Regular readers of this column know of my interest in plants from the world’s summer-dry climates, also called the Mediterranean Basin regions. Many plants from these exotic regions will thrive in the Monterey Bay area, and provide attractive and exciting alternatives to the garden center’s humdrum horticulture. Cultivating such plants is the enterprise of adventuresome gardeners and seekers of botanical thrills.
There are countless examples of such plants to be discovered among the selections of mail-order nurseries, either in published catalogs or online. To be fair, local garden centers also might have a few offbeat offerings; it’s worth asking the staff to mention any unusual plants.
One candidate for a featured position in the landscape is the Puya, which is one of about fifty-seven genera in the Bromeliad family. Just about all bromeliads are native to the tropical Americas. About half of the species are epiphytes (growing on air and rain), some are lithophytes (growing on rocks), and the rest are terrestrial (growing on earth). The most familiar of the terrestrial bromeliads is the pineapple (Ananas comosus).
Another terrestrial bromeliad is the Puya. This genus includes about 210 species, several of which are native to Chile, where they have the common name chagual.
One of the Chilean Puyas is the Blue (or Turquoise) Puya (P. berteroniana). This plant grows a flower spike about six-to-ten feet tall, and has exceptional landscape value because of its extraordinary 1.5” waxy, metallic blooms of an unearthly emerald-turquoise color, with contrasting bright orange stamens. The blooms hold blue, syrupy nectar that attracts hummingbirds, bees and other pollinators.
The Blue Puya can be found in some public gardens. I viewed several fine specimens, and took this photo, about one year ago, in the Australian National Botanic Gardens, in Canberra.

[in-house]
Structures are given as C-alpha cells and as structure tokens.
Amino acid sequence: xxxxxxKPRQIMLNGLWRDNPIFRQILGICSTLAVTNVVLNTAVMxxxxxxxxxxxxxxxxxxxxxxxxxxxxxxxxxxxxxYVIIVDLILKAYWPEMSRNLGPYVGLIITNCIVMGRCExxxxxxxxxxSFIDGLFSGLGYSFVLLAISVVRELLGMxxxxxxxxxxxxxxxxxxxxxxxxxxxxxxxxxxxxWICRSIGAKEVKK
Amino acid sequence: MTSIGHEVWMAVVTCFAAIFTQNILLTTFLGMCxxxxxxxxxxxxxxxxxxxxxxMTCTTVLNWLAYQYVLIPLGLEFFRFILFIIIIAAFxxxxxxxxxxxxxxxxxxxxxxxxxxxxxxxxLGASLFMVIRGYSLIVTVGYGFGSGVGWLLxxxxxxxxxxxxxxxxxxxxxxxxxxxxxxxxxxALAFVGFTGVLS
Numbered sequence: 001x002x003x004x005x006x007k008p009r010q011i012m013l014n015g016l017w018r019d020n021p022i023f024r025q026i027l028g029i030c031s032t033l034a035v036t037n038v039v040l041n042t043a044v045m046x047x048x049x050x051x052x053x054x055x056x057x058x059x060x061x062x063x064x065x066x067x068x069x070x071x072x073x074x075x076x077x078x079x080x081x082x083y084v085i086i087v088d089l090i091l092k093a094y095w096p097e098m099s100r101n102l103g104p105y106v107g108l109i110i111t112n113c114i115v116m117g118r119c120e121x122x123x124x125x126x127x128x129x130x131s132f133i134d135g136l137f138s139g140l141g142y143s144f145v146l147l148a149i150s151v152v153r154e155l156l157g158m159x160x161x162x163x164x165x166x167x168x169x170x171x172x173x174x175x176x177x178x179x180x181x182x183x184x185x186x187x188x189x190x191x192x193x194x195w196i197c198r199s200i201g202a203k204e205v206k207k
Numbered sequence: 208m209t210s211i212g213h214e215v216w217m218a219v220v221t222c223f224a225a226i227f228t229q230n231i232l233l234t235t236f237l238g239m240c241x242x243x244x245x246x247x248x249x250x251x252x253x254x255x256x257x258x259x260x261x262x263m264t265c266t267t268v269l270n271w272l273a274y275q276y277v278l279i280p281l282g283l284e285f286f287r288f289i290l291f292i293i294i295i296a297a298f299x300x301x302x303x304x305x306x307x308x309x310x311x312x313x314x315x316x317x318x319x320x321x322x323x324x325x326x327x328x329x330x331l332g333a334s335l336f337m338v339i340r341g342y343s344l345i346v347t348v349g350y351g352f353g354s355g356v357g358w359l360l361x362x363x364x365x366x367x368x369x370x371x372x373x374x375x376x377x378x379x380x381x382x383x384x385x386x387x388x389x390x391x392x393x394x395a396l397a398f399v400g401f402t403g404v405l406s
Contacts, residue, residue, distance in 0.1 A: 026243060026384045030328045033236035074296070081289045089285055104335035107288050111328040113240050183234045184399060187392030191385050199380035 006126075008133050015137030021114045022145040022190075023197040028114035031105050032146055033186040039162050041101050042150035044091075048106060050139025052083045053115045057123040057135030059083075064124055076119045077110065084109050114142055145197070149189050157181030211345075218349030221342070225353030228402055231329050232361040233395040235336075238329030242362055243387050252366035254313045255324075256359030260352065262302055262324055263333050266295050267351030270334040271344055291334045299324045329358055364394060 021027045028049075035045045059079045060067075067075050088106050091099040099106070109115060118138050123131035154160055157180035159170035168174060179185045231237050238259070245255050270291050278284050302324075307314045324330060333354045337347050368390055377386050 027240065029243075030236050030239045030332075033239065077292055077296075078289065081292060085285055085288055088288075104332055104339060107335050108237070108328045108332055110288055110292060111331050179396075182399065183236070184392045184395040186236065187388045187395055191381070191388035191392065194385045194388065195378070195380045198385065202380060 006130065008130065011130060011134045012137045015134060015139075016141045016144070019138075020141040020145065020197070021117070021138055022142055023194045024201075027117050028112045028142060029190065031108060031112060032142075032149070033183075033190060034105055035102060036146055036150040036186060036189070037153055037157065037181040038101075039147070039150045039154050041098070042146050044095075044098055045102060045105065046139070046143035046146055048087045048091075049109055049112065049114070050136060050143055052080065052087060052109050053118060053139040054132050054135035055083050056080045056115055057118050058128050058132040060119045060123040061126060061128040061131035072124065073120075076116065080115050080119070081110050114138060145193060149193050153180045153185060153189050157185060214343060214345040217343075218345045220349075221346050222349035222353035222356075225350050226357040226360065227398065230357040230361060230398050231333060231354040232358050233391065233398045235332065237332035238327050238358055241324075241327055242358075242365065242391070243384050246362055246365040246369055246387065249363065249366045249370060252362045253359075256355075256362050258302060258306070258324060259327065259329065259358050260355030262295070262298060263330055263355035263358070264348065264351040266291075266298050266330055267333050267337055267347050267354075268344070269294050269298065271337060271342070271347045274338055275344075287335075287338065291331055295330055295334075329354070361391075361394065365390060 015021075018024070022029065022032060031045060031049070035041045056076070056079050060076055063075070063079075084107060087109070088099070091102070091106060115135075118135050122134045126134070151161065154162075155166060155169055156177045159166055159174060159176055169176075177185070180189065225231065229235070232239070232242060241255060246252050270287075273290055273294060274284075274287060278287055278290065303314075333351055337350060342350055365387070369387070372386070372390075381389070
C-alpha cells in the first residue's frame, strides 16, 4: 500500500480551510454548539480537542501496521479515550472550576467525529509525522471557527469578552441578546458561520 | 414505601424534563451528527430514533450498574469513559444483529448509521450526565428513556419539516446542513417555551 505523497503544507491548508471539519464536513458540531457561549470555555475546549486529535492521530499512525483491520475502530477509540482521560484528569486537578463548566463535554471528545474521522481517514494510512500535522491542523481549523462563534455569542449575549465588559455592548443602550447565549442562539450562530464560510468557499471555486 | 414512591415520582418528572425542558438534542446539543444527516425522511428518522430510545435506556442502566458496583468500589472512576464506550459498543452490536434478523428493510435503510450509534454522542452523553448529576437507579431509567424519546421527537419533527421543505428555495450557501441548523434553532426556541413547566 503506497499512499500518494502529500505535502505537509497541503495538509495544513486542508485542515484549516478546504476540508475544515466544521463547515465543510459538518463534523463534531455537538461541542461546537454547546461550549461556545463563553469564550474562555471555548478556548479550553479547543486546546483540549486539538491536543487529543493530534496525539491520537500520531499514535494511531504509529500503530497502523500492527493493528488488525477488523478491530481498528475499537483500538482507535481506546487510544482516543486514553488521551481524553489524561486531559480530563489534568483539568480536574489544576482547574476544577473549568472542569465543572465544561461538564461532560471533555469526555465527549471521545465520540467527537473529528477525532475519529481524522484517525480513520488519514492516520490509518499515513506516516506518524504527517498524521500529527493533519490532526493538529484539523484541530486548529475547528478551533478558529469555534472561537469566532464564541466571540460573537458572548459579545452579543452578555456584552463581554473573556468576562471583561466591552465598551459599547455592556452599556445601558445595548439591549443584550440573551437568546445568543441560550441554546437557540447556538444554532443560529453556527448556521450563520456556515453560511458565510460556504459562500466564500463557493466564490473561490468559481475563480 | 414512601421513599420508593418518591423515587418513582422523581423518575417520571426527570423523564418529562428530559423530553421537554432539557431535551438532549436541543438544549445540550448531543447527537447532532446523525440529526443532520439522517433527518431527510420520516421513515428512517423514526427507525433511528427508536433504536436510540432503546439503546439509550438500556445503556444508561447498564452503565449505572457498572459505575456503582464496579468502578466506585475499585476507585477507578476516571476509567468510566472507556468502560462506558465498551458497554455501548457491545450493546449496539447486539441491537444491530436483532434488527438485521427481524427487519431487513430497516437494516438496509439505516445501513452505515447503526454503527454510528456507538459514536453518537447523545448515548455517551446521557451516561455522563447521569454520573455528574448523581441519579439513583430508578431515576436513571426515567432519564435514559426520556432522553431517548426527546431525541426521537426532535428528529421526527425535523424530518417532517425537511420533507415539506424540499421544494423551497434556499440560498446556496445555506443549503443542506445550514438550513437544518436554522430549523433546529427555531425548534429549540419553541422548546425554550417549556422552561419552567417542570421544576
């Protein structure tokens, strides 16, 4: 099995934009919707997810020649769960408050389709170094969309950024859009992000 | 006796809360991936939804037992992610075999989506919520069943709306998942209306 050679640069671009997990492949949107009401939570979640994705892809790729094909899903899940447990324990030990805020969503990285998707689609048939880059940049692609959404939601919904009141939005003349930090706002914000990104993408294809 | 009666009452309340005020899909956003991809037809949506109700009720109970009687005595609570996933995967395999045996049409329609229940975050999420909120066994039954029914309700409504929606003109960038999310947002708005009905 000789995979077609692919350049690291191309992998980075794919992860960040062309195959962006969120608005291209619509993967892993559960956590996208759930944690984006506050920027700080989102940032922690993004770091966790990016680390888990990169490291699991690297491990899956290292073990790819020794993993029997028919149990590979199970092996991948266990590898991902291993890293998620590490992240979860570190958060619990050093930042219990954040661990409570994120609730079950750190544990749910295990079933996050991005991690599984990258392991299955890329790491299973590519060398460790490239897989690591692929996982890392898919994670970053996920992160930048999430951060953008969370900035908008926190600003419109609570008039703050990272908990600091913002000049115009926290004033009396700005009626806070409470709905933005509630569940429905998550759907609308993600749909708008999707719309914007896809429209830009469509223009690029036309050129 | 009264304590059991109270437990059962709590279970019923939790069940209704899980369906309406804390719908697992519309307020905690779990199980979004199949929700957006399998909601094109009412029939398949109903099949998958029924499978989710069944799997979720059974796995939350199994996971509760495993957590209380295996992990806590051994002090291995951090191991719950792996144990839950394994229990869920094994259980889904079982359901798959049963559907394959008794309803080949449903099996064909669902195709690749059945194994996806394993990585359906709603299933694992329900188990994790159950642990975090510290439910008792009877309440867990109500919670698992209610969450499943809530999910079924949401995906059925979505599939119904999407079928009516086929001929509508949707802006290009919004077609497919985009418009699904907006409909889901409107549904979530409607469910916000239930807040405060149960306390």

Locally, the Blue Puya is in bloom now at the UCSC Arboretum. The blooms do not last long, so to see one of nature’s most extraordinary flowers, visit the UCSC Arboretum soon. For information and pictures, visit arboretum.ucsc.edu/ and click on “What’s Blooming.”
The Chilean bed in my garden includes two quite young examples of this genus: a Blue Puya (P. berteroniana) and a Silver Puya (P. coerulea). These are slow-growing plants, now years away from blossoming in my garden. While they are not yet pleasing my eyes, they are already trying my patience (a little) and piquing my imagination.
Annie’s Annuals lists nine Puya species, but current availability includes just three. Similarly, the wholesale nursery San Marcos Growers lists eight Puya species, with just three currently in production. Your local garden center could special-order plants from these nurseries, or another preferred source. Search the Internet by botanical name for information to share with garden visitors.
You certainly can keep your garden’s tried and true selections, but consider adding exotic plants to enrich your landscape.